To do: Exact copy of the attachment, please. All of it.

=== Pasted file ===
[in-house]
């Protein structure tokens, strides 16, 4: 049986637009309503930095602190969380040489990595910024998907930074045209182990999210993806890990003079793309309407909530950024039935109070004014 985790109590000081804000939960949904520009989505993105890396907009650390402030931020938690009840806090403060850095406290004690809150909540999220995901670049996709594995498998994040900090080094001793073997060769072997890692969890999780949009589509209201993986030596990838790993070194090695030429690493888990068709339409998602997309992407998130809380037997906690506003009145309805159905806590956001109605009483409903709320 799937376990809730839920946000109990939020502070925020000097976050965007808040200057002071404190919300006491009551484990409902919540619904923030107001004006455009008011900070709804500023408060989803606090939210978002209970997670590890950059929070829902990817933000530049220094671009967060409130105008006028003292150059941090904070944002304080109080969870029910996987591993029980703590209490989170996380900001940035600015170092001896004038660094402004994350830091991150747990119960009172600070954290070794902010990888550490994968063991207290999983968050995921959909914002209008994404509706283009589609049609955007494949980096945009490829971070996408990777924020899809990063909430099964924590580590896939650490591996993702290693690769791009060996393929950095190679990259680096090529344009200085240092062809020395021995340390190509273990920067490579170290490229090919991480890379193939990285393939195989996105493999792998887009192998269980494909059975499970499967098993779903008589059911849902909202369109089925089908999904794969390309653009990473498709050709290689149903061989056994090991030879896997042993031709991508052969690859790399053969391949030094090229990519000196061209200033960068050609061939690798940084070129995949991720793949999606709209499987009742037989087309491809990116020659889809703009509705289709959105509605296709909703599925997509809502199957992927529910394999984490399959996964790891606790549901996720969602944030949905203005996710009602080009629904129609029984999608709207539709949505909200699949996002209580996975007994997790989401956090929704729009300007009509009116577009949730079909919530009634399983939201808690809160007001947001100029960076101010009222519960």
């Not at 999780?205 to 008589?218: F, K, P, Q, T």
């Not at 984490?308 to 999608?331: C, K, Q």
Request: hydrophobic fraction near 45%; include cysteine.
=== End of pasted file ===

[in-house]
């Protein structure tokens, strides 16, 4: 049986637009309503930095602190969380040489990595910024998907930074045209182990999210993806890990003079793309309407909530950024039935109070004014 985790109590000081804000939960949904520009989505993105890396907009650390402030931020938690009840806090403060850095406290004690809150909540999220995901670049996709594995498998994040900090080094001793073997060769072997890692969890999780949009589509209201993986030596990838790993070194090695030429690493888990068709339409998602997309992407998130809380037997906690506003009145309805159905806590956001109605009483409903709320 799937376990809730839920946000109990939020502070925020000097976050965007808040200057002071404190919300006491009551484990409902919540619904923030107001004006455009008011900070709804500023408060989803606090939210978002209970997670590890950059929070829902990817933000530049220094671009967060409130105008006028003292150059941090904070944002304080109080969870029910996987591993029980703590209490989170996380900001940035600015170092001896004038660094402004994350830091991150747990119960009172600070954290070794902010990888550490994968063991207290999983968050995921959909914002209008994404509706283009589609049609955007494949980096945009490829971070996408990777924020899809990063909430099964924590580590896939650490591996993702290693690769791009060996393929950095190679990259680096090529344009200085240092062809020395021995340390190509273990920067490579170290490229090919991480890379193939990285393939195989996105493999792998887009192998269980494909059975499970499967098993779903008589059911849902909202369109089925089908999904794969390309653009990473498709050709290689149903061989056994090991030879896997042993031709991508052969690859790399053969391949030094090229990519000196061209200033960068050609061939690798940084070129995949991720793949999606709209499987009742037989087309491809990116020659889809703009509705289709959105509605296709909703599925997509809502199957992927529910394999984490399959996964790891606790549901996720969602944030949905203005996710009602080009629904129609029984999608709207539709949505909200699949996002209580996975007994997790989401956090929704729009300007009509009116577009949730079909919530009634399983939201808690809160007001947001100029960076101010009222519960």
């Not at 999780?205 to 008589?218: F, K, P, Q, T």
């Not at 984490?308 to 999608?331: C, K, Q």
Request: hydrophobic fraction near 45%; include cysteine.